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  5. "Houston, bir sorunumuz var."

"Houston, bir sorunumuz var."

Translation:Houston, we have a problem.

March 24, 2015



I had to laugh so much because of this one. Don't know why. You guys did a great job!


Thanks, glad that we could make you laugh! I suppose it makes up for all the other 'pulling my hair out' confused Turkish sessions. :)


Yes, thank you so much! Hitting Turkish every day can become a little drab, no matter how much I'm enjoying myself. A little bit of topical humor makes the load lighter.


I never find Duolingo drab! :D


Yeah, I actually snorted out loud on this one too. Excellent


Soru is "question" while sorun means "problem" - which itself leads to a problem. > How can you distinguish between sorunun and sorunun? :)


It can mean 'of your question' (soru-n-un), 'of a problem' (sorun-un), of 'a question' (soru-nun). You can understand it from context, though in some cases the distinction can be vague (as in English, note that sorun sometimes is also translated as question). In a var/yok-sentence the tricky thing is this: you have a problem - sorunun var, you have a question/there is a problem - sorun var. In the second case, it would rather be asked as a question in case of which the difference would be very arbitrary (sorun var mı - do you have a question vs. is there a problem?). To rule out confusion you could say sorunun var mı if you want to inquire whether someone has a problem (rather than a question).


I love this course! :-)


It sounds like Mustun


I thought the same here.


It's actually "Houston, we've had a problem". Would that be "Houston, bir sorunumuz vardı"? Or does that imply that the problem no longer exists?


I actually did not know that it was "Houston, we've had a problem". Thank you. Man, they really train these astronauts to keep their cool. I can't believe that any American could remember to use "good English" with problems as large as that.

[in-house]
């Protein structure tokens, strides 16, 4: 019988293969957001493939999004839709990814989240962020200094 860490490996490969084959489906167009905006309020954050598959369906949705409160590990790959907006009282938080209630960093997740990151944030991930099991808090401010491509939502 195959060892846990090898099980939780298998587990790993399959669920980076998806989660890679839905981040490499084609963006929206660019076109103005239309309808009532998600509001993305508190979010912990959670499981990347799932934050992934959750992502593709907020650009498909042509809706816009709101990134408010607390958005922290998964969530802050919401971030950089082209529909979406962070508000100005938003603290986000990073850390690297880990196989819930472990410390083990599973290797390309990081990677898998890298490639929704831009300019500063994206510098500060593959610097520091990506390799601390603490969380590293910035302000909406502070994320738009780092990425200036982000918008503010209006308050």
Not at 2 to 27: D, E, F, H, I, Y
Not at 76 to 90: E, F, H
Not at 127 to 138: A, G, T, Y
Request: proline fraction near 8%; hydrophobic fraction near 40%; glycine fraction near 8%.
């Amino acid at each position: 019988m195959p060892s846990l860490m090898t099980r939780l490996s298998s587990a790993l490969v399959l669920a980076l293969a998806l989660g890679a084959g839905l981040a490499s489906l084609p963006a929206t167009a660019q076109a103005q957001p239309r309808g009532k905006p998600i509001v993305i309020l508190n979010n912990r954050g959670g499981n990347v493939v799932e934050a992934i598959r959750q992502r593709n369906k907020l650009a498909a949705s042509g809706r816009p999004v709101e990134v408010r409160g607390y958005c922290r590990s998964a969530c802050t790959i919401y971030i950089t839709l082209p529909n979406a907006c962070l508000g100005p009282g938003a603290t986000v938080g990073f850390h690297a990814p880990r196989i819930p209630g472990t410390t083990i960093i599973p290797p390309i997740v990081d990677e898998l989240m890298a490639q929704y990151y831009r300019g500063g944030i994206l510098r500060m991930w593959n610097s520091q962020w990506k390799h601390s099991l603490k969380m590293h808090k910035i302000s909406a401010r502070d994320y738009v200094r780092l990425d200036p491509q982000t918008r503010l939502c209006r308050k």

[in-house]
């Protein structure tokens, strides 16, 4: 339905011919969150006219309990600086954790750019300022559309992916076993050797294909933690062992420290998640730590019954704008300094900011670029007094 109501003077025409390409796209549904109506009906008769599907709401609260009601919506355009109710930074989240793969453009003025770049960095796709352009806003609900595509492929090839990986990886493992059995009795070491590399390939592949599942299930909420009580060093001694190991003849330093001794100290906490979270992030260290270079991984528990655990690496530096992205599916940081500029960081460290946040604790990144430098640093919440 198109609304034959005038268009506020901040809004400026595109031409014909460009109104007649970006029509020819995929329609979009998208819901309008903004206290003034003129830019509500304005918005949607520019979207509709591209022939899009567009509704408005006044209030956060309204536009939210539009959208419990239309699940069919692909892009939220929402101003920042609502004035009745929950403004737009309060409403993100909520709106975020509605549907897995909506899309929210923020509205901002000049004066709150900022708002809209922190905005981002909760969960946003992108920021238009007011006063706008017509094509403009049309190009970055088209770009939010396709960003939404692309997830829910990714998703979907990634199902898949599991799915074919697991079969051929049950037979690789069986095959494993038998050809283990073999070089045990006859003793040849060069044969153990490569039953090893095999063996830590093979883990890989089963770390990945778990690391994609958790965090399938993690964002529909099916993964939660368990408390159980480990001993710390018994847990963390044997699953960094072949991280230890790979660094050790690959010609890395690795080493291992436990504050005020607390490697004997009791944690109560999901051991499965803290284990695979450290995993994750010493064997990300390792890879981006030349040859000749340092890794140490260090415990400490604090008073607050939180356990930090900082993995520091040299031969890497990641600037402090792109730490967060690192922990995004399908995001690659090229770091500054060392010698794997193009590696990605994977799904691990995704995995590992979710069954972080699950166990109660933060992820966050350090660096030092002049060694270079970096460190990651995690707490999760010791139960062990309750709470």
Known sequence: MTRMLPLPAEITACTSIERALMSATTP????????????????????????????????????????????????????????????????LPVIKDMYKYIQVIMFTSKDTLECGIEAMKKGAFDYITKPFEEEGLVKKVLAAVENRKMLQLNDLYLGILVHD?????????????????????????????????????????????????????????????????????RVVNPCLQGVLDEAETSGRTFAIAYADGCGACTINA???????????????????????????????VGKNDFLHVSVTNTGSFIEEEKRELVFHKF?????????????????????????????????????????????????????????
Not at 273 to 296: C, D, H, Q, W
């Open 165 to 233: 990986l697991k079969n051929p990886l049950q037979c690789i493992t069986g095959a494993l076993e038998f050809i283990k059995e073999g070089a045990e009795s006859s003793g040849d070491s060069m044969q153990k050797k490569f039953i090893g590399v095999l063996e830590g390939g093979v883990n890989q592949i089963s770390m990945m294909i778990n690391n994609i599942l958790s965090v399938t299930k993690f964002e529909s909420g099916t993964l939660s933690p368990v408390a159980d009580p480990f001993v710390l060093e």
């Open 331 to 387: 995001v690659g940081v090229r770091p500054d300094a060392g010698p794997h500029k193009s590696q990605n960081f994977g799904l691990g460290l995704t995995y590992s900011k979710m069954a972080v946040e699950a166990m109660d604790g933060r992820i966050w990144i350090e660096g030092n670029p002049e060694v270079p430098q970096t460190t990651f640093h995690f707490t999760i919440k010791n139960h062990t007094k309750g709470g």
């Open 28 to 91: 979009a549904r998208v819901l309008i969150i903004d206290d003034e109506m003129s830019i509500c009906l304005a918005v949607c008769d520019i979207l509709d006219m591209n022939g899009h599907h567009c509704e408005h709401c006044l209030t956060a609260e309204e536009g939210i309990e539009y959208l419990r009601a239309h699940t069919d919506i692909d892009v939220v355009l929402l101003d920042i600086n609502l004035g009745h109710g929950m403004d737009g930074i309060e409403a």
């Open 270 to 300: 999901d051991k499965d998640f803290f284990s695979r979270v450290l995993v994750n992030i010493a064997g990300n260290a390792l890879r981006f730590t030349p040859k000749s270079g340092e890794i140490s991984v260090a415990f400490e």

Technically yes, but everyone misquotes it as "have a problem", so it's a non-issue here. I believe "we've had" would be "varmıştı".


"varmıştı" does not exist : )

"we've had" would ve "var" if the problem continues


where is this one from?


Thanks Maksym. I read all coments and get confused. But after opening the link I understand everything.:-)


Sorumuz var >>we have a question.right??


I love this course, infact I can't put it down due to which I've been ignoring my social mecia freinds and relatives.


Why are you laughing at this one ? I do not undetestand


You may be too young. American astronauts were famous for remaining cool under pressure. When the Apollo 13 mission to the moon ran into technical difficulty, one of the astronauts on board addressed mission control (located in Houston, Texas) with the phrase, "Houston, we've had a problem," in a voice that betrayed no emotion. In popular imagination, the phrase quickly became simplified as "Houston, we have a problem" and came to symbolize understatement in a crisis (and was used in the film Apollo 13). It is still sometimes used to get a laugh (by English speakers) when something goes wrong. https://en.wiktionary.org/wiki/Houston,_we_have_a_problem


Doesn't word "sorun" mean question?

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